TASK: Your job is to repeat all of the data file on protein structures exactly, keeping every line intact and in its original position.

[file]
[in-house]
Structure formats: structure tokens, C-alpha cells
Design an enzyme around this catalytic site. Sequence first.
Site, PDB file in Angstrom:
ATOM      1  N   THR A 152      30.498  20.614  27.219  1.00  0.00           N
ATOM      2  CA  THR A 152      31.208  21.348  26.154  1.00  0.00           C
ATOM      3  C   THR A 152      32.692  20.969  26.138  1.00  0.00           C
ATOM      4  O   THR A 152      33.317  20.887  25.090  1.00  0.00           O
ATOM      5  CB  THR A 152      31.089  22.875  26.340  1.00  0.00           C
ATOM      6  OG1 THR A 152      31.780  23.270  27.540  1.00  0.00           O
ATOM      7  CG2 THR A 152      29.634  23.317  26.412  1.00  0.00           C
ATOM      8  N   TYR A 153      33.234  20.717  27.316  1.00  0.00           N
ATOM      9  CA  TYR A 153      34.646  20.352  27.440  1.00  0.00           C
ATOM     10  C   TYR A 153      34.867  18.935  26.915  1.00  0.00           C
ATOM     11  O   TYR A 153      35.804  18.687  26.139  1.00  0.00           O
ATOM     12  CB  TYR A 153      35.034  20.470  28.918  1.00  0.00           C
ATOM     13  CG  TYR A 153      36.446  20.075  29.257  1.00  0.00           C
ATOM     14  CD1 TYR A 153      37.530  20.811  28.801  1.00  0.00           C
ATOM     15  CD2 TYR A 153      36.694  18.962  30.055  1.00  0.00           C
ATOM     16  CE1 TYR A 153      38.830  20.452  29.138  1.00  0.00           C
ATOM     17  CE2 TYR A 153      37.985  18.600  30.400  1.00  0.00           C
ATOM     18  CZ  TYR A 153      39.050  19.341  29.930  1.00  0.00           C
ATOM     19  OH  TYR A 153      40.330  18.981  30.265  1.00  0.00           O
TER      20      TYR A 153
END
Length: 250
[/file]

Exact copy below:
[in-house]
Structure formats: structure tokens, C-alpha cells
Design an enzyme around this catalytic site. Sequence first.
Site, PDB file in Angstrom:
ATOM      1  N   THR A 152      30.498  20.614  27.219  1.00  0.00           N
ATOM      2  CA  THR A 152      31.208  21.348  26.154  1.00  0.00           C
ATOM      3  C   THR A 152      32.692  20.969  26.138  1.00  0.00           C
ATOM      4  O   THR A 152      33.317  20.887  25.090  1.00  0.00           O
ATOM      5  CB  THR A 152      31.089  22.875  26.340  1.00  0.00           C
ATOM      6  OG1 THR A 152      31.780  23.270  27.540  1.00  0.00           O
ATOM      7  CG2 THR A 152      29.634  23.317  26.412  1.00  0.00           C
ATOM      8  N   TYR A 153      33.234  20.717  27.316  1.00  0.00           N
ATOM      9  CA  TYR A 153      34.646  20.352  27.440  1.00  0.00           C
ATOM     10  C   TYR A 153      34.867  18.935  26.915  1.00  0.00           C
ATOM     11  O   TYR A 153      35.804  18.687  26.139  1.00  0.00           O
ATOM     12  CB  TYR A 153      35.034  20.470  28.918  1.00  0.00           C
ATOM     13  CG  TYR A 153      36.446  20.075  29.257  1.00  0.00           C
ATOM     14  CD1 TYR A 153      37.530  20.811  28.801  1.00  0.00           C
ATOM     15  CD2 TYR A 153      36.694  18.962  30.055  1.00  0.00           C
ATOM     16  CE1 TYR A 153      38.830  20.452  29.138  1.00  0.00           C
ATOM     17  CE2 TYR A 153      37.985  18.600  30.400  1.00  0.00           C
ATOM     18  CZ  TYR A 153      39.050  19.341  29.930  1.00  0.00           C
ATOM     19  OH  TYR A 153      40.330  18.981  30.265  1.00  0.00           O
TER      20      TYR A 153
END
Length: 250